James J. Coleman, Jr. at the 2014 Salute to the U.S. Coast Guard in New York City. Photo courtesy of the Coast Guard Foundation.

Honor, Respect, Devotion to Duty: James “Jimmy” Coleman

James “Jimmy” Coleman, Jr. never served in uniform but he was a well-respected member of the U.S. Coast Guard family. Coleman was a philanthropist who very much believed in the Coast Guard mission and its history. One could say the National Coast Guard Museum in New London, Connecticut, would not be what it is today without him. Coleman died at 77 on March 21, 2019 in his hometown of New Orleans.

Cutter Argo (WPC-100) on patrol. Originally designed for Prohibition law enforcement, this type of cutter was particularly seaworthy and maneuverable. With the U.S. entry into World War II, Argo was attached to the Atlantic Fleet as a convoy escort vessel. U.S. Coast Guard photo.

The Long Blue Line: A wartime rescue by Cutter Argo 75 years ago

It’s been 75 years since the wartime search and rescue efforts of the cutter Argo but it will forever remain a chapter in the saga of the long blue line. Cutters Argo and Thetis were part of a convoy off Cape May, New Jersey, when American tanker Camas Meadows steamed unescorted by an inexperienced crew, fatally rammed a Navy patrol gunboat. Argo’s officer of the day activated a search and rescue operation and rescued 23 survivors – 106 crew members of the Navy gunboat were lost.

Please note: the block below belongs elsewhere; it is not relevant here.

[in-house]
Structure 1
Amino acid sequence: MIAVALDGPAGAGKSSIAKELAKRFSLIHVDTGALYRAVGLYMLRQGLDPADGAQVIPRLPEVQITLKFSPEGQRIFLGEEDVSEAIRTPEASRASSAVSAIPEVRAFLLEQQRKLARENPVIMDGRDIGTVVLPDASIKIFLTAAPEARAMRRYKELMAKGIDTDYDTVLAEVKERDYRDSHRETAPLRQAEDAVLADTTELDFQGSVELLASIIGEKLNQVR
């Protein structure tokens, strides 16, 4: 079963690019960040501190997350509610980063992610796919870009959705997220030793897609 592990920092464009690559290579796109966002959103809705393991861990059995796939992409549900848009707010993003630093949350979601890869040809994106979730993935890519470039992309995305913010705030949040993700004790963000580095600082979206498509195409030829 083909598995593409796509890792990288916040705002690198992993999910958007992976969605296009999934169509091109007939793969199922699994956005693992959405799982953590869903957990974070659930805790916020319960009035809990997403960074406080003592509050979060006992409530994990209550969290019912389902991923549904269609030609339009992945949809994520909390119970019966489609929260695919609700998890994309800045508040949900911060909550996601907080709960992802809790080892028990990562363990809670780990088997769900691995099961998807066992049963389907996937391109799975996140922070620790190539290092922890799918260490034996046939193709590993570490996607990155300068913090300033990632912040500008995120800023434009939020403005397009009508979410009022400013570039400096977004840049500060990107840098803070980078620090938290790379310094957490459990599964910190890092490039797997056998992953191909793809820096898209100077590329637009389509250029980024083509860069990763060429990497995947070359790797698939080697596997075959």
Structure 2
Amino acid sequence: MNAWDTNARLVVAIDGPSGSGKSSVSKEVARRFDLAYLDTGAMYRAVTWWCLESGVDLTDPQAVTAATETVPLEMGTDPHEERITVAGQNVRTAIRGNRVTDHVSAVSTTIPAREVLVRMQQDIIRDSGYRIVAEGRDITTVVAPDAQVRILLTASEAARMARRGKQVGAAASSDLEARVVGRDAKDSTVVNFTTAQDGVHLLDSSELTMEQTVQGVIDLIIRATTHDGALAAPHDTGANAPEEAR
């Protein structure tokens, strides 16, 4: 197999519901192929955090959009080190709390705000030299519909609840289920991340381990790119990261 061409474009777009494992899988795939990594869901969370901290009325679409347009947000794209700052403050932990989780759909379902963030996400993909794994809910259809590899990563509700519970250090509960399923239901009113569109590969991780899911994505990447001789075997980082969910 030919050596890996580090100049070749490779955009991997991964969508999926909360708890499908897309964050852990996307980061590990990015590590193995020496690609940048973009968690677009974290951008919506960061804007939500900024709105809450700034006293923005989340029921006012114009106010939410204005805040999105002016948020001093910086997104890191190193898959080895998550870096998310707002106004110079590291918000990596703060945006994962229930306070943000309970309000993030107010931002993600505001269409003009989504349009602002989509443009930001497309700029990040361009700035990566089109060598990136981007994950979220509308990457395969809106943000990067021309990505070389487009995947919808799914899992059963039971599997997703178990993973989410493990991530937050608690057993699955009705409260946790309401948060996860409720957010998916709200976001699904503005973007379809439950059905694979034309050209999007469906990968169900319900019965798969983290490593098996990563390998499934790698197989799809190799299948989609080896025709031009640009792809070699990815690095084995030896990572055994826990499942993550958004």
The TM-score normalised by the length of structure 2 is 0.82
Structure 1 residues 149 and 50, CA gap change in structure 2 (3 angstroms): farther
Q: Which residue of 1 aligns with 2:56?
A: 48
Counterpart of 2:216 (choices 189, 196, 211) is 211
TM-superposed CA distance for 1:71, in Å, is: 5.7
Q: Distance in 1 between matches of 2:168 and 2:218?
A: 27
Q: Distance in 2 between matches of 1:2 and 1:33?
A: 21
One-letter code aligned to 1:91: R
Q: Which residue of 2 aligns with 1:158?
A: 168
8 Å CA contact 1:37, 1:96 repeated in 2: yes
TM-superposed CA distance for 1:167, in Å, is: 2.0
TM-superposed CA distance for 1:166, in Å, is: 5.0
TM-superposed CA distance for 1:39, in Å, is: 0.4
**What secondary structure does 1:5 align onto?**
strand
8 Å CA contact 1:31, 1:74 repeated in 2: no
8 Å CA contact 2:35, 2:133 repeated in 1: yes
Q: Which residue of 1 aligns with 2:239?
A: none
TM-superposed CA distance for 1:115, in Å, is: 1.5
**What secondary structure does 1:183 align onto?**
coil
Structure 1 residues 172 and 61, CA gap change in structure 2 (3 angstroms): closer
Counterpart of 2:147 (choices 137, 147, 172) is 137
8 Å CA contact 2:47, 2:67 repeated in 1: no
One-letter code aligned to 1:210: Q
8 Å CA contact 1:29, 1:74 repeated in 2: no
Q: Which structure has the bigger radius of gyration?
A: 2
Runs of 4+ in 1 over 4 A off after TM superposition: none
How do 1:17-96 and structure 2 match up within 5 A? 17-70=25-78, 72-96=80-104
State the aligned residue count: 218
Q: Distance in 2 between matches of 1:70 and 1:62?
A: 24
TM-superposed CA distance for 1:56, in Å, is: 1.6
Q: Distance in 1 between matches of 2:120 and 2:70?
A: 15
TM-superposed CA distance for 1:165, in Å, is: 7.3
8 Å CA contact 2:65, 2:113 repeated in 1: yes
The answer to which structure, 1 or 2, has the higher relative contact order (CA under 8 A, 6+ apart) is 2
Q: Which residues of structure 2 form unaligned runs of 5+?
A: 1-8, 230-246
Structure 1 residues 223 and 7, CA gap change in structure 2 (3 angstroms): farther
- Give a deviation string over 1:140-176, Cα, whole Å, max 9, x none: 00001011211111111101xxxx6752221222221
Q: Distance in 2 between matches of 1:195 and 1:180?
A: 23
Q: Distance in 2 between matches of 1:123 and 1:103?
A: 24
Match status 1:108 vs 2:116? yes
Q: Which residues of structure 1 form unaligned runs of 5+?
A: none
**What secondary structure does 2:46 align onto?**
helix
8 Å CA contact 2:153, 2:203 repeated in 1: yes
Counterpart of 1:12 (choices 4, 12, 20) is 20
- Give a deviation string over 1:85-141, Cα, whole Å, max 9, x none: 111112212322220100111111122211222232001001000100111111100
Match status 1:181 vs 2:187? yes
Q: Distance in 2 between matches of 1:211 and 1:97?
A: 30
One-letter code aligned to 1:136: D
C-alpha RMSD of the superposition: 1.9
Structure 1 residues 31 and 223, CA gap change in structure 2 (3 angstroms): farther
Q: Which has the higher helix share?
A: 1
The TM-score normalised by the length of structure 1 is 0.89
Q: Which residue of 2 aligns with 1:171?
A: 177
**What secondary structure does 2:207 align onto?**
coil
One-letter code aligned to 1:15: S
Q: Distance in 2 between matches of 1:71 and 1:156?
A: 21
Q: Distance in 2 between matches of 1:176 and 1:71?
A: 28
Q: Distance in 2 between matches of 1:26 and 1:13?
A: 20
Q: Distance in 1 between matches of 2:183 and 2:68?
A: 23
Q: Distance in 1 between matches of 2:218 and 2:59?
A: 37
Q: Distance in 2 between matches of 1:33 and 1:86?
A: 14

The 22-acre Alcatraz Island is visited by approximately 1,750,000 tourists a year. U.S. Coast Guard photo by Petty Officer 2nd Class Barry Bena.

Legacy of Light: Oldest west coast light marks ‘The Rock’

The Alcatraz Lighthouse not only guides mariners through the San Francisco Bay but also welcomes tourists to the island that used to house America’s most notorious inmates. Alcatraz Island was first used for a fort and military prison before becoming the most famous and formidable federal penitentiary in the nation. Today, members of Coast Guard Aids to Navigation Team (ANT) San Francisco keep the famous Bay Area light shining.

Bringing back the gold

These female Coast Guard Academy Athletes bring home the gold while preparing for a career of bringing home the survivor at sea. Leading a team on the field turns to leading a team during emergency response. Motivating the crowd during a game leads to motivating your shipmates during times of high stress.